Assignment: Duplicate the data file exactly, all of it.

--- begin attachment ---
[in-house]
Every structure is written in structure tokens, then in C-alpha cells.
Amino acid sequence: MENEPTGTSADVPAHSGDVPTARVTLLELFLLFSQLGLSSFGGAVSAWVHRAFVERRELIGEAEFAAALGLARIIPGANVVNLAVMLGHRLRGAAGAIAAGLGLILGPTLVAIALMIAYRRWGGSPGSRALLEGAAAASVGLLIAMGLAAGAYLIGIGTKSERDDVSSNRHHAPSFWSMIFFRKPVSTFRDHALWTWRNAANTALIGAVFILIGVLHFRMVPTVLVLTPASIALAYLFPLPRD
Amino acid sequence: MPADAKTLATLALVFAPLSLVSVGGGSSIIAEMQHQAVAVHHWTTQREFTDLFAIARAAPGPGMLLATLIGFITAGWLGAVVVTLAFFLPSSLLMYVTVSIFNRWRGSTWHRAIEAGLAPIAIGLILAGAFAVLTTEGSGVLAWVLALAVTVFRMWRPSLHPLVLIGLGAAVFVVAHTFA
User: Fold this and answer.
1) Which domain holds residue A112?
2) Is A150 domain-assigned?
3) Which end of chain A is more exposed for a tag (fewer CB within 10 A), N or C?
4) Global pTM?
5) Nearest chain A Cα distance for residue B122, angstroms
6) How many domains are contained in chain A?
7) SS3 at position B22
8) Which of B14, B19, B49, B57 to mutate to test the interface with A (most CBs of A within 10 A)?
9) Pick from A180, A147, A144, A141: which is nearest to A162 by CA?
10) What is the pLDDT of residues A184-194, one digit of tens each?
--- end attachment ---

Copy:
[in-house]
Every structure is written in structure tokens, then in C-alpha cells.
Amino acid sequence: MENEPTGTSADVPAHSGDVPTARVTLLELFLLFSQLGLSSFGGAVSAWVHRAFVERRELIGEAEFAAALGLARIIPGANVVNLAVMLGHRLRGAAGAIAAGLGLILGPTLVAIALMIAYRRWGGSPGSRALLEGAAAASVGLLIAMGLAAGAYLIGIGTKSERDDVSSNRHHAPSFWSMIFFRKPVSTFRDHALWTWRNAANTALIGAVFILIGVLHFRMVPTVLVLTPASIALAYLFPLPRD
Amino acid sequence: MPADAKTLATLALVFAPLSLVSVGGGSSIIAEMQHQAVAVHHWTTQREFTDLFAIARAAPGPGMLLATLIGFITAGWLGAVVVTLAFFLPSSLLMYVTVSIFNRWRGSTWHRAIEAGLAPIAIGLILAGAFAVLTTEGSGVLAWVLALAVTVFRMWRPSLHPLVLIGLGAAVFVVAHTFA
User: Fold this and answer.
1) Which domain holds residue A112?
2) Is A150 domain-assigned?
3) Which end of chain A is more exposed for a tag (fewer CB within 10 A), N or C?
4) Global pTM?
5) Nearest chain A Cα distance for residue B122, angstroms
6) How many domains are contained in chain A?
7) SS3 at position B22
8) Which of B14, B19, B49, B57 to mutate to test the interface with A (most CBs of A within 10 A)?
9) Pick from A180, A147, A144, A141: which is nearest to A162 by CA?
10) What is the pLDDT of residues A184-194, one digit of tens each?